Smithy and Dickie
Smithy and Dickie

Back for its 8th year, the Irish Film Festival London with Colin Farrell as its latest patron, presents Ireland’s latest mainstream and independent films over 5 days across London.

IFFL 2018 opens on a romantic note with Smithy & Dickie, Hannah Quinn’s delightful short about Irish 1940’s love letters, followed by Under the Clock, directed by Colm Nicell, which tells the enchanting stories of a generation of people whose relationships began under one of Ireland’s most iconic landmarks, Clerys clock.

The closing film is We Ourselves starring Aidan Gillen, Catherine Walker, Declan Conlon, Paul Reid, Seána Kerslake, Gavin Drea, and Caitríona Ennis. Paul Mercier’s second feature is an intimate and intense journey into the minds and hearts of a group of idealists and careerists as they go their separate paths in life, though are still bound together through a shared experience, a shared culture and a shared nation.

Irish Film London Patron and Academy Award-winning director Lenny Abrahamson returns to London for the festival, providing a pre-festival teaser with an appearance on Mark Kermode Live in 3D at the BFI (MK3D) on Monday 19th November. He then joins his long-term musical collaborator Stephen Rennicks for a talk on music and sound in their films (Sounds Guys, Thurs 22nd November), which will be followed by a screening of his latest film The Little Stranger, starring Domhnall Gleeson and Ruth Wilson.

IFFL 2018 has plenty for the curious mind, with documentaries including Poc na Gael, in which Irish sporting legend Ger Loughnane traces the origins of Canadian ice-hockey all the way back to the Irish emigrant hurlers, and celebrates their legacy across the country today, and The Lonely Battle of Thomas Reid, (screening at Bertha Dochouse), in which a small Irish farmer goes head to head with US microchip Manufacturer Intel in a land battle.

Part of Irish Film London’s mission is to support Irish filmmakers from the beginning of their careers, and this year’s line-up includes two programmes of Irish Short Films (Thursday 22nd & Friday 23rd November), full of up and coming Irish filmmaking talent. There will also be a panel discussion aimed at shorts filmmakers at The Union Soho as part of the festival, which reflects on the challenges and rewards of developing from shorts to feature films.

For family audiences, the heart-waring Grace and Goliath, from Cinemagic and Tony Mitchell, screens on Saturday 24th November at 2pm, in which an arrogant Hollywood big shot, Josh Jenkins sweeps into Belfast to make a movie, but before long he finds he needs the help of the very people he’s been overlooking.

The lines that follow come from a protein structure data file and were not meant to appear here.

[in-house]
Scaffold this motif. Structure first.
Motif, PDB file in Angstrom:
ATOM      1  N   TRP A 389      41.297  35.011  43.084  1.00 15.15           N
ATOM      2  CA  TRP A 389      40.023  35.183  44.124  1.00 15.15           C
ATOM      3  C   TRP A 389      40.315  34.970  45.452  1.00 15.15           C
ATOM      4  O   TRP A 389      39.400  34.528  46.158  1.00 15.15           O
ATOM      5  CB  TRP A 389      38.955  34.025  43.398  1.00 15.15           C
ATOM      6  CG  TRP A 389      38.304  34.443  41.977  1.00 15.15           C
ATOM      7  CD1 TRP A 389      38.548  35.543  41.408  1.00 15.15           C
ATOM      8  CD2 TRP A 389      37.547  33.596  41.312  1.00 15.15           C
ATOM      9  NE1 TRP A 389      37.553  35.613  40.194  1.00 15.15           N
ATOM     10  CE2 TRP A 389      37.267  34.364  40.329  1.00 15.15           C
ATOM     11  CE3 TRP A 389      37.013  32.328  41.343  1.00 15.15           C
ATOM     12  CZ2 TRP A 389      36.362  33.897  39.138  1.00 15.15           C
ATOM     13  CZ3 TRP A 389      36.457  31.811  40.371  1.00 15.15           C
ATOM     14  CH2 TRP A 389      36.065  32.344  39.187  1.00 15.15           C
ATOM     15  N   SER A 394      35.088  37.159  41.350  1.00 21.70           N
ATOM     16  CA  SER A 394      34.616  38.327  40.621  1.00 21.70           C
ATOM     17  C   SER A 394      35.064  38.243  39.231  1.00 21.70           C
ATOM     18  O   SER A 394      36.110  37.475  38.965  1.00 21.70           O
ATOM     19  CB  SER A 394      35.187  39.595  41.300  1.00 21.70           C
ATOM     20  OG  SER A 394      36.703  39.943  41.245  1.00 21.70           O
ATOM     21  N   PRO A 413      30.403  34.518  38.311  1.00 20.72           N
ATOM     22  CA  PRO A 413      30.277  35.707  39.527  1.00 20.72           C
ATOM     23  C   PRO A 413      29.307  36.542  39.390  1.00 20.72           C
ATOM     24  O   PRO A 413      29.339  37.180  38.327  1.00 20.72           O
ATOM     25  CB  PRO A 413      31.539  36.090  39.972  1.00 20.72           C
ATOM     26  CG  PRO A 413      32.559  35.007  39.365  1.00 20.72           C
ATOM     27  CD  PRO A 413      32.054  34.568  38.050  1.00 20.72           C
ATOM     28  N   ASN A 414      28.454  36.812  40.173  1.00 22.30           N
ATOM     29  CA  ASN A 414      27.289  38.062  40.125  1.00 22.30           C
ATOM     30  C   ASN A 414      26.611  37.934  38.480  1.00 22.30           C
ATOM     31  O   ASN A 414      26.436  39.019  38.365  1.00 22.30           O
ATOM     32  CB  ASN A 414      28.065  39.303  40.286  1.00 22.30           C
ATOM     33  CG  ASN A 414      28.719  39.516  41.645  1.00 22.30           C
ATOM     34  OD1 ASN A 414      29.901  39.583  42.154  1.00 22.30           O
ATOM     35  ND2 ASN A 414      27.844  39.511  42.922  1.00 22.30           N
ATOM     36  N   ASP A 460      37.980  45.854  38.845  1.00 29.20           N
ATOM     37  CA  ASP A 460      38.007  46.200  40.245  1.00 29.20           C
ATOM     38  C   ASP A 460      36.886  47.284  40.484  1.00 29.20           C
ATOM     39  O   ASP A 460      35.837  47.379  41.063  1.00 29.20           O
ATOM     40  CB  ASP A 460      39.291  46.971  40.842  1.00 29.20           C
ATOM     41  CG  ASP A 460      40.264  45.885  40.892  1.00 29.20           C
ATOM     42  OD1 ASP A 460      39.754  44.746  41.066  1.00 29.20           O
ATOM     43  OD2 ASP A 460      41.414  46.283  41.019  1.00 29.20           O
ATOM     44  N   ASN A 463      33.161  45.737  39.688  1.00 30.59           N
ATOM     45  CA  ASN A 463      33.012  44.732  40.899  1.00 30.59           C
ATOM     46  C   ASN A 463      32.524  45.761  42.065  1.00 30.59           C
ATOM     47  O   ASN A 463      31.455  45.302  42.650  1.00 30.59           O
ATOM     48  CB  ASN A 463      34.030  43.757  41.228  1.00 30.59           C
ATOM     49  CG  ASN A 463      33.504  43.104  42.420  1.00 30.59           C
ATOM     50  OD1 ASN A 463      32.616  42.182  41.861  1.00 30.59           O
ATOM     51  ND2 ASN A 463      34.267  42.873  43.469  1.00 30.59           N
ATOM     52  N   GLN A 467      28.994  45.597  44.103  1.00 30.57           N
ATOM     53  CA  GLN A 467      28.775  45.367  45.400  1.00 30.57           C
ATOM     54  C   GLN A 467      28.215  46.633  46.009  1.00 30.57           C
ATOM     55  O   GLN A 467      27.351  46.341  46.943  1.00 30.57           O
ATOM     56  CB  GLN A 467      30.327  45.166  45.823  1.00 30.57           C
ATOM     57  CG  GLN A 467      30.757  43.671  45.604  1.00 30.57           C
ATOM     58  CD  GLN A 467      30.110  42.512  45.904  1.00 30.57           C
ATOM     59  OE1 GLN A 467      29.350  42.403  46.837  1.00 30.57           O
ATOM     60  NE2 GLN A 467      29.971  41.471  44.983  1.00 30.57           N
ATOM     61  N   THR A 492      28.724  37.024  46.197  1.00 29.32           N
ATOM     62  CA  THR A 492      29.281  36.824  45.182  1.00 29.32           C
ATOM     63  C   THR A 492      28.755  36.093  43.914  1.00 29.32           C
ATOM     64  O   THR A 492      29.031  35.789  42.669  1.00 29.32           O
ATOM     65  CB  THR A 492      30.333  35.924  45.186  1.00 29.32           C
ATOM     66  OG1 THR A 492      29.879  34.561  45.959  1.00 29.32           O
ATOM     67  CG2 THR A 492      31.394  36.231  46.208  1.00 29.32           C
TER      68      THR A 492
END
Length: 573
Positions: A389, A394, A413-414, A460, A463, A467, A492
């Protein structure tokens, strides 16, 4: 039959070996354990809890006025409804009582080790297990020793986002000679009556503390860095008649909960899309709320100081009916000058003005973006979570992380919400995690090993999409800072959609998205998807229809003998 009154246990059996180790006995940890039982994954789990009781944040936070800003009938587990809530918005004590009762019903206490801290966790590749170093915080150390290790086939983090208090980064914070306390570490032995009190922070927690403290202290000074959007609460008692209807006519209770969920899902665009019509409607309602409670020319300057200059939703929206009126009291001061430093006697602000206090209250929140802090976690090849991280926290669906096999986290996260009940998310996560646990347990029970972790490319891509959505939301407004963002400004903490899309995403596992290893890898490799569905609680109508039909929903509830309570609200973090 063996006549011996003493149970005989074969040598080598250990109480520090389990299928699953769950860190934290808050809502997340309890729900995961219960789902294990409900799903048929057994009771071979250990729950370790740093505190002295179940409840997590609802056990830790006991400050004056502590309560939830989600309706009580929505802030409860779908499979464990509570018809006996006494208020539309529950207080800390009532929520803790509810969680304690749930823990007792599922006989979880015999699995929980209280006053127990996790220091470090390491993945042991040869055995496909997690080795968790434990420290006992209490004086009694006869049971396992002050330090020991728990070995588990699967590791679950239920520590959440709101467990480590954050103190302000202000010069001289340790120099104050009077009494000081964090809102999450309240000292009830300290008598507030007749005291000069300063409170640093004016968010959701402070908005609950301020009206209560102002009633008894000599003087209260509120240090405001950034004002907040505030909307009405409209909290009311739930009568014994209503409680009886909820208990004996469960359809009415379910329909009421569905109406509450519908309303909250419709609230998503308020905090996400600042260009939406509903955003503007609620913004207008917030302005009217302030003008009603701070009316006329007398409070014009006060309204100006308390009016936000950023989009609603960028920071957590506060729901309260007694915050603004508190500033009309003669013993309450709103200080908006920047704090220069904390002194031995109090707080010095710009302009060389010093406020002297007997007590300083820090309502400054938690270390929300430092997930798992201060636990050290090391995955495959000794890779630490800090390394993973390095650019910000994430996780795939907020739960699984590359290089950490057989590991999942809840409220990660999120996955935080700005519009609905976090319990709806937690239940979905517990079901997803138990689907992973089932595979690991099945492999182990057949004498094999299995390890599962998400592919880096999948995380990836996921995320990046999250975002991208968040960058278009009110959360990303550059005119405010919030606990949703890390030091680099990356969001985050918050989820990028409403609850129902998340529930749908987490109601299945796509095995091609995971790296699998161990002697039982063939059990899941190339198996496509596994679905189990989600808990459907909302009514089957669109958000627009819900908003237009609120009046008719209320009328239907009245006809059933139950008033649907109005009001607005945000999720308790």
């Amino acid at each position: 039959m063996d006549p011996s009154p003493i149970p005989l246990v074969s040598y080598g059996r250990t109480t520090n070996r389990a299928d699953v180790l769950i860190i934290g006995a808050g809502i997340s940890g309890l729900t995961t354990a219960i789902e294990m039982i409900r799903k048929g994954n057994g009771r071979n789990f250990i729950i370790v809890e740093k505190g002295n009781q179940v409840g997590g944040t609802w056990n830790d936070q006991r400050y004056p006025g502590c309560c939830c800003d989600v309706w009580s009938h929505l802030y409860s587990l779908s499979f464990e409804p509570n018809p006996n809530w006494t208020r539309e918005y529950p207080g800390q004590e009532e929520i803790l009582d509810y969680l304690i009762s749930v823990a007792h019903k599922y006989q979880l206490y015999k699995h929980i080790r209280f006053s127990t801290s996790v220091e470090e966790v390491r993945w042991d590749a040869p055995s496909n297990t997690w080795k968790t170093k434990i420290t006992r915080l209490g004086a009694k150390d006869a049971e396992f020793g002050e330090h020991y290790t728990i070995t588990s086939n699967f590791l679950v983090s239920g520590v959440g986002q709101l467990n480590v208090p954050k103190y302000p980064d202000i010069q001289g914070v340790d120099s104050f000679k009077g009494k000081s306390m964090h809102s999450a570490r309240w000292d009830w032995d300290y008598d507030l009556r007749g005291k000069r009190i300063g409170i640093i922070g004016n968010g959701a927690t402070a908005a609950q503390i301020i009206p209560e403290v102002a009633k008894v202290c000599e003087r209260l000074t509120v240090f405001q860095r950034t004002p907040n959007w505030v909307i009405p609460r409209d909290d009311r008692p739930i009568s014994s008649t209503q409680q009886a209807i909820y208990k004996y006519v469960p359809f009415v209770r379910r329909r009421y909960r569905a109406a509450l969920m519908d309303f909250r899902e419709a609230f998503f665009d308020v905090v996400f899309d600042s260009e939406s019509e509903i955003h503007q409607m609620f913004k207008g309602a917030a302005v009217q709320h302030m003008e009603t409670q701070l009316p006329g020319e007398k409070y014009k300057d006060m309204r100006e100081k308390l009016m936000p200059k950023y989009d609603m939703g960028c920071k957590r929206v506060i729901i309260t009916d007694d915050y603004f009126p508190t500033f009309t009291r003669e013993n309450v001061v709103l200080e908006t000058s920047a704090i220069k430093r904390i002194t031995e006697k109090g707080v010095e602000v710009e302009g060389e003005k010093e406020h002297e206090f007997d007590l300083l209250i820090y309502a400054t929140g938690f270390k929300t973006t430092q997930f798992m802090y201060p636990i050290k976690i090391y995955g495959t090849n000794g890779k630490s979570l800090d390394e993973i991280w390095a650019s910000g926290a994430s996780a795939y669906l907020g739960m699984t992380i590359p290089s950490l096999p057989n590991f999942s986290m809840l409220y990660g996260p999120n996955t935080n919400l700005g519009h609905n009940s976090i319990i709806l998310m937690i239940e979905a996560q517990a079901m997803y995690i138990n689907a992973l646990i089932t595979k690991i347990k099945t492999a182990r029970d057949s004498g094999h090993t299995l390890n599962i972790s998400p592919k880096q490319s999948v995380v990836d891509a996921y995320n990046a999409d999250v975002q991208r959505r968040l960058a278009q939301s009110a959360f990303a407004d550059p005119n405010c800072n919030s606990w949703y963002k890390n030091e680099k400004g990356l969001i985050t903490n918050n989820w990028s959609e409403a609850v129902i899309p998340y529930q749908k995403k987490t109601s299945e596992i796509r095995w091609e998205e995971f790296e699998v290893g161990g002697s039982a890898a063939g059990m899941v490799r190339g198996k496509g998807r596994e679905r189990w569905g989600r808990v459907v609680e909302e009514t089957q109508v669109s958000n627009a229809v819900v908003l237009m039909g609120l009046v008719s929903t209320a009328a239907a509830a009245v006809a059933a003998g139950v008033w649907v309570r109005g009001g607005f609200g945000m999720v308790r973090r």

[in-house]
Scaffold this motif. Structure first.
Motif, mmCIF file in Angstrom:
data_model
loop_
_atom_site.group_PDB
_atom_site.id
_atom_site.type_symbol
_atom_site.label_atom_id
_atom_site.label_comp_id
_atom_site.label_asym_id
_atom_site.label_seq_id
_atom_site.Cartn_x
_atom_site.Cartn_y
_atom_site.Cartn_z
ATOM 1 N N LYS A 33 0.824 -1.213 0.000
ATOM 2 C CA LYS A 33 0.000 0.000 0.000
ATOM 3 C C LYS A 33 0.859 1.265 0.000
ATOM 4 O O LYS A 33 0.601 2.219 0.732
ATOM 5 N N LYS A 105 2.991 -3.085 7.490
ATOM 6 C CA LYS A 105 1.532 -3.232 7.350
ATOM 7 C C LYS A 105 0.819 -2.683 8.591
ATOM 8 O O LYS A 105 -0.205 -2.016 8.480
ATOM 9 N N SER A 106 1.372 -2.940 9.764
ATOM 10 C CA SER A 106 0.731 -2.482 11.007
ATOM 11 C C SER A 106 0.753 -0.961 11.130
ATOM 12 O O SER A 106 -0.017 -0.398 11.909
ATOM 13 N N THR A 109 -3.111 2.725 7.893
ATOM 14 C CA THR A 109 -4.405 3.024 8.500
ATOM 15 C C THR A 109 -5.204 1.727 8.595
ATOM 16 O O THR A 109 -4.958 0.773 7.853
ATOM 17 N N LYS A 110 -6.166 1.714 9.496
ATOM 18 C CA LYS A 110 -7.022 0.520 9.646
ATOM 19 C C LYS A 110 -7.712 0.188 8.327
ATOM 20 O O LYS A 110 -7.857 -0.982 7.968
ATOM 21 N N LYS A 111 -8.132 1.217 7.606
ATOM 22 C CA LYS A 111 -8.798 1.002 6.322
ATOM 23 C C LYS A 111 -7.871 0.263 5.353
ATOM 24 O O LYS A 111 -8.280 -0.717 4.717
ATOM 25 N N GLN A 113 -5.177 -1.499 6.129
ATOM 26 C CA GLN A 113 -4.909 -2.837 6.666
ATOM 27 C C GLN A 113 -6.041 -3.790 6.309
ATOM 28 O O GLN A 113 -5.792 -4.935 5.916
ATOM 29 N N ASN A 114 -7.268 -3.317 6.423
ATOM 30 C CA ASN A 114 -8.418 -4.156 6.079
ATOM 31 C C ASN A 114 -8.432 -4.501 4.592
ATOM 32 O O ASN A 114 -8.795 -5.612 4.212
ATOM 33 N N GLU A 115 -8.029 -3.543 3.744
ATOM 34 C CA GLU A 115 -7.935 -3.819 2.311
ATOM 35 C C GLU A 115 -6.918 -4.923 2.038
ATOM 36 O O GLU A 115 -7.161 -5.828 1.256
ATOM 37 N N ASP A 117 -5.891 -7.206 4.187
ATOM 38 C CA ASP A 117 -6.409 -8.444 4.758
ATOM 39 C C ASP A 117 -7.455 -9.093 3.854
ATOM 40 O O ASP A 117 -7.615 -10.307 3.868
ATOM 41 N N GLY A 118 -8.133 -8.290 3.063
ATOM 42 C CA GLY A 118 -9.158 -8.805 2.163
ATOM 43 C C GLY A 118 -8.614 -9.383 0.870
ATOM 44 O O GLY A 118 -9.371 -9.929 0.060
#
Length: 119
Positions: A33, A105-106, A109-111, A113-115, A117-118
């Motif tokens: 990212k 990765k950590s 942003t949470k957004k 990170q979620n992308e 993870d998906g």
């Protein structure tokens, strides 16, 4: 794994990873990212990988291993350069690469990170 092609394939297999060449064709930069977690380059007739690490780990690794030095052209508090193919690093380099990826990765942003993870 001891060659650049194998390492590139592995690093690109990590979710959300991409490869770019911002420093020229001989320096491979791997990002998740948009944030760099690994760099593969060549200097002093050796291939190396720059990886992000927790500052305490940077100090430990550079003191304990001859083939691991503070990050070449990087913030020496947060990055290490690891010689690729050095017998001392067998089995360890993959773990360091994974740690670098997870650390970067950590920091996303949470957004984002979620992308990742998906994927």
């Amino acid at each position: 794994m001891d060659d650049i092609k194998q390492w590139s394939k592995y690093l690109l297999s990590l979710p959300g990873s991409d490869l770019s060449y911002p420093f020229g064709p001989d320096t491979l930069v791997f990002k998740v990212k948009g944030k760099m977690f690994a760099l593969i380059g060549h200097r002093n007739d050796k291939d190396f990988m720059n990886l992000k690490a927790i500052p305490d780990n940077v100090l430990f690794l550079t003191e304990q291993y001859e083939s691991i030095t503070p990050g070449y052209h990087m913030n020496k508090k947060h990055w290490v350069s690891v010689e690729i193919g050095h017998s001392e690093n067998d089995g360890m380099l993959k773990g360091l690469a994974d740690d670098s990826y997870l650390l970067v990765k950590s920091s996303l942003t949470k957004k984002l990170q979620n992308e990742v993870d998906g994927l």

As always, the festival’s Friday night film will be a special preview screening, from one of Ireland’s rising star directors, with details available only via the festival brochure or newsletter.

A duo of films highlighting the current Irish homelessness crisis screen on Saturday 24th November. Shelter Me: Apollo House, produced by Jim Sheridan, follows the world-renowned director, and a motley crew of inadvertent activists including Glen Hansard, Hozier, Damien Dempsey and Dean Scurry who were involved in the takeover of NAMA building Apollo House over the Christmas of 2016 to house Dublin’s homeless. It is followed by Rosie, a poignant moment in the life of a family displaced, with a show stopping performance by Sarah Greene. The creation of Roddy Doyle and Paddy Breathnach, two of Ireland’s leading storytellers, Rosie is ‘inspired by too many true stories.’

In keeping with the political times, IFFL 2018’s Sunday 25th November includes an afternoon focused on Northern Ireland, and the tensions arising around the border. Brexit: The Border Issue comprises a collection of short films on the topic, including the Financial Times’ recently commissioned Hard Border from Juliet Riddell and Clare Dwyer-Hogg which opens with Stephen Rea’s “Jacob Rees-Mogg you’re right. You don’t need to visit the border… you need to have lived here.” Later that day Tom Collins’ bi-lingual drama Penance reveals just what living in Derry felt like through the twentieth century, as a 1916 firebrand preacher priest later faces his demons during the 1960s era of The Troubles.

In the first collaboration of its kind, IFFL 2018 includes a joint event with the UK Jewish Film Festival, the Irish Film Institute, and the Barbican, with The Cohens and the Kellys, an uproariously funny 1926 silent film based in New York’s poorer quarters, accompanied by a live quartet of award-winning Irish and Jewish musicians.

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